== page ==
OCTOBER 14, 2007
At Comic Con, I happened to run into Kevin Williamson at some party. As I was carrying two beers at the time (the open bar was about to shut down), I couldn’t shake his hand (plus I probably looked like the world’s biggest douchebag, wearing a Slither t-shirt and carrying two MGDs at an otherwise classy party, but whatever). So I simply told him how Scream had re-ignited my interest in horror, in particular slashers, when it first came out in 1996, and thanked him on top of it (I did NOT thank him for providing me many a fantasy of Joey Potter crawling into my bedroom to watch movies and sleep with me).
It may seem strange, but in the first half of the 90s, there were maybe 3 horror movies a year in theaters. Go back and look at your Fangorias from 1995 - they were covering Judge Dredd and Congo, because there was nothing else to cover. As a result, I was more interested in action movies until Scream came along and reminded me why I liked them so much in the first place.
Even ignoring my own personal reignited love, Scream really brought the genre back, and it’s pretty much been “in style” ever since. For the second time (the first was a movie called There's Nothing Out There, but few people, and I am not one of them, have seen it), a horror movie took place in a world where the characters had actually seen horror movies. This was mainly personified in the Randy character (whose death in the sequel remains one of the most genuinely upsetting character deaths in slasher history), who worked at a video store and had a strange affinity for Prom Night (come on dude, Prom sucks! Why no love for My Bloody Valentine???). He was the one to explain “the rules” in the film’s most famous scene, all of which were circumvented in one way or another in the next 20 minutes.
I was surprised how well the film has held up, especially with the new wave of knockoffs and parodies that have come since. Unlike most of those other films, Scream genuinely works as a slasher movie, with some great red herrings and well executed finale that neither cheats or betrays the film’s logic. As I mentioned in the Dead in 3 Days review, it’s entirely possible to solve the killer(s) identity in this film, not to mention go back and look at all the little clues that were sprinkled throughout. Also, the film’s first 10-15 minutes remain a slasher movie highlight, especially when you consider that this occurred long before the days of killing off a ‘celeb’ or important character in the first scene, which is now a staple.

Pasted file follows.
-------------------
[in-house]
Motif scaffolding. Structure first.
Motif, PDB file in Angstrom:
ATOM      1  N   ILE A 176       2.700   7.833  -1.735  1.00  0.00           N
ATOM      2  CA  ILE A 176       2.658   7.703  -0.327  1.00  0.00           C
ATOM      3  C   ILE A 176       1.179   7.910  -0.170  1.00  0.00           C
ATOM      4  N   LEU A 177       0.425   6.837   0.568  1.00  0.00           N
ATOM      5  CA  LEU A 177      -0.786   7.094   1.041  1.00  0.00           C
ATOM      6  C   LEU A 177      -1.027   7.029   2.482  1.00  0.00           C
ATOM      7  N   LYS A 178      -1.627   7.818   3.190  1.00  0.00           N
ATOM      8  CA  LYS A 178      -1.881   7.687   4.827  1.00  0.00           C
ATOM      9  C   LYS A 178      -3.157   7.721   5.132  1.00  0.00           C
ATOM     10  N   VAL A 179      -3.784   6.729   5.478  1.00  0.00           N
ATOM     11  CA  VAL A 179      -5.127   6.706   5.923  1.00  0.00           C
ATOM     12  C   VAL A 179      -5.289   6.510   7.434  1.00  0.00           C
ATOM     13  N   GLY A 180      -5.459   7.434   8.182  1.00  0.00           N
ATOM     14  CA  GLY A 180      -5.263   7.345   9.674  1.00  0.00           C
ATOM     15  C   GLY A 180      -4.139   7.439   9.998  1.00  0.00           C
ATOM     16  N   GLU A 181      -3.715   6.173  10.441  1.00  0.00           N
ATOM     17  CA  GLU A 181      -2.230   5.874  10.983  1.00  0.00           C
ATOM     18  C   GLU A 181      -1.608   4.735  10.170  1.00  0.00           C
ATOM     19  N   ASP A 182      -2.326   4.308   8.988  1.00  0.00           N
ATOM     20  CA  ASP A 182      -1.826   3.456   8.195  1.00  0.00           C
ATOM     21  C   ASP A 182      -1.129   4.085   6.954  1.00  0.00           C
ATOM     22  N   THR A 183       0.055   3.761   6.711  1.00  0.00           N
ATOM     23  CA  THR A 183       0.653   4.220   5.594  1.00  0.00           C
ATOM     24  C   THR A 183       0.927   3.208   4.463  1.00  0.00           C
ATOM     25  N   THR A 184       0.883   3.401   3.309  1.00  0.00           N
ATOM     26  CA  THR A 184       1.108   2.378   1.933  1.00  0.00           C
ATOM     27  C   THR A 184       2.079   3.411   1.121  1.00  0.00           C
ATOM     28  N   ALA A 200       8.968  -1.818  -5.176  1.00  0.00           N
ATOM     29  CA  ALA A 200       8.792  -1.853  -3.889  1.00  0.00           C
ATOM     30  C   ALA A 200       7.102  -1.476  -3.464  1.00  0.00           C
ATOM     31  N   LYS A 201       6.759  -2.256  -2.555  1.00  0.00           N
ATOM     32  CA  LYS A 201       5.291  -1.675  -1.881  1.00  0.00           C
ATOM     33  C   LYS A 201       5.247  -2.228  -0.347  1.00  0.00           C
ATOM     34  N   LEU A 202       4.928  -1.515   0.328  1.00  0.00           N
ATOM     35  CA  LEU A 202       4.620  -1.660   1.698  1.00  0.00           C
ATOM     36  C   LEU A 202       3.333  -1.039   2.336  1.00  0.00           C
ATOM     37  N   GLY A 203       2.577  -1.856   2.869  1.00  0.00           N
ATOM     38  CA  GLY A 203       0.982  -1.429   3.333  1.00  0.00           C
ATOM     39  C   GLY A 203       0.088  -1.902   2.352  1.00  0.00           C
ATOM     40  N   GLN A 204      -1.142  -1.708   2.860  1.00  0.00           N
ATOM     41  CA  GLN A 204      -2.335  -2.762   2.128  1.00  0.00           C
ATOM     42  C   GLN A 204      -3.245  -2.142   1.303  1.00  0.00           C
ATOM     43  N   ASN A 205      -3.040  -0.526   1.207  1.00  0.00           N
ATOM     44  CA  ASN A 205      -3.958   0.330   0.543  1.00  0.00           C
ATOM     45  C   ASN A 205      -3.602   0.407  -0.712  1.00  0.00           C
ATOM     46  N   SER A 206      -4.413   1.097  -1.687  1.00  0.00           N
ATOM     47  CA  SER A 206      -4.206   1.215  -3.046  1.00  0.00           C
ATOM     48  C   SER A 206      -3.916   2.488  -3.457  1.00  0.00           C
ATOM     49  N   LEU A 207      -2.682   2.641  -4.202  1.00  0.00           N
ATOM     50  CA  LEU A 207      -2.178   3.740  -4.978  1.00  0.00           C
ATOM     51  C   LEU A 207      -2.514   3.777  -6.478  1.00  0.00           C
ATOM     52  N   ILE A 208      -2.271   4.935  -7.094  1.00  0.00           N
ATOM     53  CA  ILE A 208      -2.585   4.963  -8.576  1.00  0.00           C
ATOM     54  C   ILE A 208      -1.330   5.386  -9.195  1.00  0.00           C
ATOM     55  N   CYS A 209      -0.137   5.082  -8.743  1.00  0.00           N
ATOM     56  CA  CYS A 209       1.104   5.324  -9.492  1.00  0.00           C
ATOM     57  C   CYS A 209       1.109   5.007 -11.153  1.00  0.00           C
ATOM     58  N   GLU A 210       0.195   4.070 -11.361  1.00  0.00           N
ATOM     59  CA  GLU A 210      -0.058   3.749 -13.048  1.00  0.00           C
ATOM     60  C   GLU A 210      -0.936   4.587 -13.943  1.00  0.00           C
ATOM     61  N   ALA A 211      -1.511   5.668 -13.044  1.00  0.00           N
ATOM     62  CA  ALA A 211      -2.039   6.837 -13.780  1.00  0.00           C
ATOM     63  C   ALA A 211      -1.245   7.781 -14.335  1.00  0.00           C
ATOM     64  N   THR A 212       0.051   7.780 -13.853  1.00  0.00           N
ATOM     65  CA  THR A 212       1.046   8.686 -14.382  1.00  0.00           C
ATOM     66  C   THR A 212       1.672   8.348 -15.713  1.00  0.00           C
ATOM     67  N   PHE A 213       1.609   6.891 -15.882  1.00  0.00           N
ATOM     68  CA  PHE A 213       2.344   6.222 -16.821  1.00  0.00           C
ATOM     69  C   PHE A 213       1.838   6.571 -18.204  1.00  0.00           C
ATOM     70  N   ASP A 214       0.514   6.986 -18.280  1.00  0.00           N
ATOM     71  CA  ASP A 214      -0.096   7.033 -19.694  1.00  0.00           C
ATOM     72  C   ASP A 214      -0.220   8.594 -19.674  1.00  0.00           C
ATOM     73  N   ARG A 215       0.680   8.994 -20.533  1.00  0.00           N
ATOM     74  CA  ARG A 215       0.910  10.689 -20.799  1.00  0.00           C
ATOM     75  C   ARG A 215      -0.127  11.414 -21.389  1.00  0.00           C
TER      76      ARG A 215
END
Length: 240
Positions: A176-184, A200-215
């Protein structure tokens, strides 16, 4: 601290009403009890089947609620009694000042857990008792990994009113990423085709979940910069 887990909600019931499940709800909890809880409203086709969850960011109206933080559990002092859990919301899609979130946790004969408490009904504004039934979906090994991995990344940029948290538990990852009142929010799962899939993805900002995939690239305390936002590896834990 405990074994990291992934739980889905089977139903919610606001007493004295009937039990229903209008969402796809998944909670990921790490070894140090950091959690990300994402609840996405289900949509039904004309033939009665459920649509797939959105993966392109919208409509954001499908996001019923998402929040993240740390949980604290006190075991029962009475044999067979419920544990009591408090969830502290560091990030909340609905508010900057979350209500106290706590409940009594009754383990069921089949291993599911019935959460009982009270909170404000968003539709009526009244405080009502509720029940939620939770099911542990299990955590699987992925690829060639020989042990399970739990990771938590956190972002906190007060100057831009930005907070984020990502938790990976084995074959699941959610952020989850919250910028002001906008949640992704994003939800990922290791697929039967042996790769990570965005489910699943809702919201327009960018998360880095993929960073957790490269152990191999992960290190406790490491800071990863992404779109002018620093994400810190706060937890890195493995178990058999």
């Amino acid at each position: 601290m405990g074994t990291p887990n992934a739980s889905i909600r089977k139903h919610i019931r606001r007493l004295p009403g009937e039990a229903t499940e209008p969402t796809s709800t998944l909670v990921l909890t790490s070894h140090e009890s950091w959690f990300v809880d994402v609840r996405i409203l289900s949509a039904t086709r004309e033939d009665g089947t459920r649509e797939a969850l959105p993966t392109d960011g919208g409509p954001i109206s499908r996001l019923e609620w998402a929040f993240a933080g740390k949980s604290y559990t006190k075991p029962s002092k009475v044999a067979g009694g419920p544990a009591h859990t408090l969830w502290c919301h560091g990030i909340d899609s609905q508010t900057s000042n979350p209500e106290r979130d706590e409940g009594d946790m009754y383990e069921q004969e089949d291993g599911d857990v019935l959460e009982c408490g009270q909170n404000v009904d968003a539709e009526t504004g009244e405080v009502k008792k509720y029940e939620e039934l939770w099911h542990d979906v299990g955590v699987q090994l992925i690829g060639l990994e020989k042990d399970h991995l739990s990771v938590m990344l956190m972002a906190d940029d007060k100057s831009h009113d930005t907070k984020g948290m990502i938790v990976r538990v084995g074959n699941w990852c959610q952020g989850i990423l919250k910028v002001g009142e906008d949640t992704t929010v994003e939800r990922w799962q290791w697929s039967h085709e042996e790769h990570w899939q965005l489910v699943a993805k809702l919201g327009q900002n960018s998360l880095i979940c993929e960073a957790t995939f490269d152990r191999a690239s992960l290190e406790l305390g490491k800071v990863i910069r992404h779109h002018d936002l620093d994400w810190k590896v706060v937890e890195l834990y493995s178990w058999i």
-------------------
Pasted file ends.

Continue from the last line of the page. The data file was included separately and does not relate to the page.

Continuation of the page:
On the cons side, Rose McGowan’s character is far more annoying than she is supposed to be (I never have or will shine to her as an actress, and remain entirely confused as to what exactly she offers as either an actress or even just eye candy), and Dewey is so stupid at times you gotta wonder how the guy even got hired as a deputy. There’s also some really bad editing (as usual, Dimension shows no respect or reverence for anything, not even the film that put them on the map, as the DVD is non-anamorphic. It’s not even the uncut version that was released on VHS!), particularly during Steve’s murder and when the killers are stabbing each other. And I remain miffed that Williamson “homaged” the killer’s motive directly from Happy Birthday To Me, which is one of the very few slashers of the late 70s/early 80s not mentioned by name in the film (or the commentary track).
Scream 2 (a future October extra, hopefully) was pretty good considering how quickly it was made (released a year to the day after the first one – which was a word of mouth hit, not a “Hey it made 100 million on Friday let’s start writing the sequel on Monday” type movie like Saw or Hostel was), if not as tight and creative as this. And the less said about 3, the better. But this one remains one of the best slasher movies, IMO, and with each subsequent disappointment from Craven and Williamson, it even sort of improves with age.
What say you?